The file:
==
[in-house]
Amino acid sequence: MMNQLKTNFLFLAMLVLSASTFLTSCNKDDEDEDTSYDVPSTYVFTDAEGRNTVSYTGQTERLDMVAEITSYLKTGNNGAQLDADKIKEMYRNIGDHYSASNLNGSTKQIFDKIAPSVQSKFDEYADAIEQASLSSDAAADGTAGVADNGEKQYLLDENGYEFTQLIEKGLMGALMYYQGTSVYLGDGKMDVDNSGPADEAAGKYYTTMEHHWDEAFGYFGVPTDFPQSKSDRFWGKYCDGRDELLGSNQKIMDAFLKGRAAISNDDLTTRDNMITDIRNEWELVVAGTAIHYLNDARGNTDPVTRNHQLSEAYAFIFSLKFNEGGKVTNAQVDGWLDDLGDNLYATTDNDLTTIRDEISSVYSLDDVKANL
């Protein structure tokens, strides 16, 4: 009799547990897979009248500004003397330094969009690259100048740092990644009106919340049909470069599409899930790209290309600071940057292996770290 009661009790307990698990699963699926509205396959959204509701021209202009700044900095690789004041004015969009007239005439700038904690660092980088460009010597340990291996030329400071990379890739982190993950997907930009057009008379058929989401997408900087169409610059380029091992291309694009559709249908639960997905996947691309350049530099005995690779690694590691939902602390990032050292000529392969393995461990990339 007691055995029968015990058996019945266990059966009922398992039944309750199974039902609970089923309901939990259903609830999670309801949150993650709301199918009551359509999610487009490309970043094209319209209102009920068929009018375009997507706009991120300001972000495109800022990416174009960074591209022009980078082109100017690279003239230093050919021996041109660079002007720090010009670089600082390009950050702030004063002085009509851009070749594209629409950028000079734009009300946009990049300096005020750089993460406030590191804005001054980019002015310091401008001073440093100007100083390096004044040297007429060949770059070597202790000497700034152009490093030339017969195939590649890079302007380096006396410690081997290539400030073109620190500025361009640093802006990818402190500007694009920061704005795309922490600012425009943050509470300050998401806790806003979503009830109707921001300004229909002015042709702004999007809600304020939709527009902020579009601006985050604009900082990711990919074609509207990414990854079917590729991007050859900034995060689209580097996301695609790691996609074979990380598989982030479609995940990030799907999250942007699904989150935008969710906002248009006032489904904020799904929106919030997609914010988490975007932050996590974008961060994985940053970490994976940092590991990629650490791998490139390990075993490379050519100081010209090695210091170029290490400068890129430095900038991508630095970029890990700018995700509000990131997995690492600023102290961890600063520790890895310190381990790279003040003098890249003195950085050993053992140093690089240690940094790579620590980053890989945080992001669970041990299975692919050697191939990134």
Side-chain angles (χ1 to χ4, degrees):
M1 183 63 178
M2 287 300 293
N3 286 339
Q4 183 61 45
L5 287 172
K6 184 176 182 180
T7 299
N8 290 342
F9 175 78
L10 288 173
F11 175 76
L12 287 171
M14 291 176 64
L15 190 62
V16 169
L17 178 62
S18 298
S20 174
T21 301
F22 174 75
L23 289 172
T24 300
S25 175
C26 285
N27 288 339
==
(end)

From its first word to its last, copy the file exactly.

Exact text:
[in-house]
Amino acid sequence: MMNQLKTNFLFLAMLVLSASTFLTSCNKDDEDEDTSYDVPSTYVFTDAEGRNTVSYTGQTERLDMVAEITSYLKTGNNGAQLDADKIKEMYRNIGDHYSASNLNGSTKQIFDKIAPSVQSKFDEYADAIEQASLSSDAAADGTAGVADNGEKQYLLDENGYEFTQLIEKGLMGALMYYQGTSVYLGDGKMDVDNSGPADEAAGKYYTTMEHHWDEAFGYFGVPTDFPQSKSDRFWGKYCDGRDELLGSNQKIMDAFLKGRAAISNDDLTTRDNMITDIRNEWELVVAGTAIHYLNDARGNTDPVTRNHQLSEAYAFIFSLKFNEGGKVTNAQVDGWLDDLGDNLYATTDNDLTTIRDEISSVYSLDDVKANL
């Protein structure tokens, strides 16, 4: 009799547990897979009248500004003397330094969009690259100048740092990644009106919340049909470069599409899930790209290309600071940057292996770290 009661009790307990698990699963699926509205396959959204509701021209202009700044900095690789004041004015969009007239005439700038904690660092980088460009010597340990291996030329400071990379890739982190993950997907930009057009008379058929989401997408900087169409610059380029091992291309694009559709249908639960997905996947691309350049530099005995690779690694590691939902602390990032050292000529392969393995461990990339 007691055995029968015990058996019945266990059966009922398992039944309750199974039902609970089923309901939990259903609830999670309801949150993650709301199918009551359509999610487009490309970043094209319209209102009920068929009018375009997507706009991120300001972000495109800022990416174009960074591209022009980078082109100017690279003239230093050919021996041109660079002007720090010009670089600082390009950050702030004063002085009509851009070749594209629409950028000079734009009300946009990049300096005020750089993460406030590191804005001054980019002015310091401008001073440093100007100083390096004044040297007429060949770059070597202790000497700034152009490093030339017969195939590649890079302007380096006396410690081997290539400030073109620190500025361009640093802006990818402190500007694009920061704005795309922490600012425009943050509470300050998401806790806003979503009830109707921001300004229909002015042709702004999007809600304020939709527009902020579009601006985050604009900082990711990919074609509207990414990854079917590729991007050859900034995060689209580097996301695609790691996609074979990380598989982030479609995940990030799907999250942007699904989150935008969710906002248009006032489904904020799904929106919030997609914010988490975007932050996590974008961060994985940053970490994976940092590991990629650490791998490139390990075993490379050519100081010209090695210091170029290490400068890129430095900038991508630095970029890990700018995700509000990131997995690492600023102290961890600063520790890895310190381990790279003040003098890249003195950085050993053992140093690089240690940094790579620590980053890989945080992001669970041990299975692919050697191939990134």
Side-chain angles (χ1 to χ4, degrees):
M1 183 63 178
M2 287 300 293
N3 286 339
Q4 183 61 45
L5 287 172
K6 184 176 182 180
T7 299
N8 290 342
F9 175 78
L10 288 173
F11 175 76
L12 287 171
M14 291 176 64
L15 190 62
V16 169
L17 178 62
S18 298
S20 174
T21 301
F22 174 75
L23 289 172
T24 300
S25 175
C26 285
N27 288 339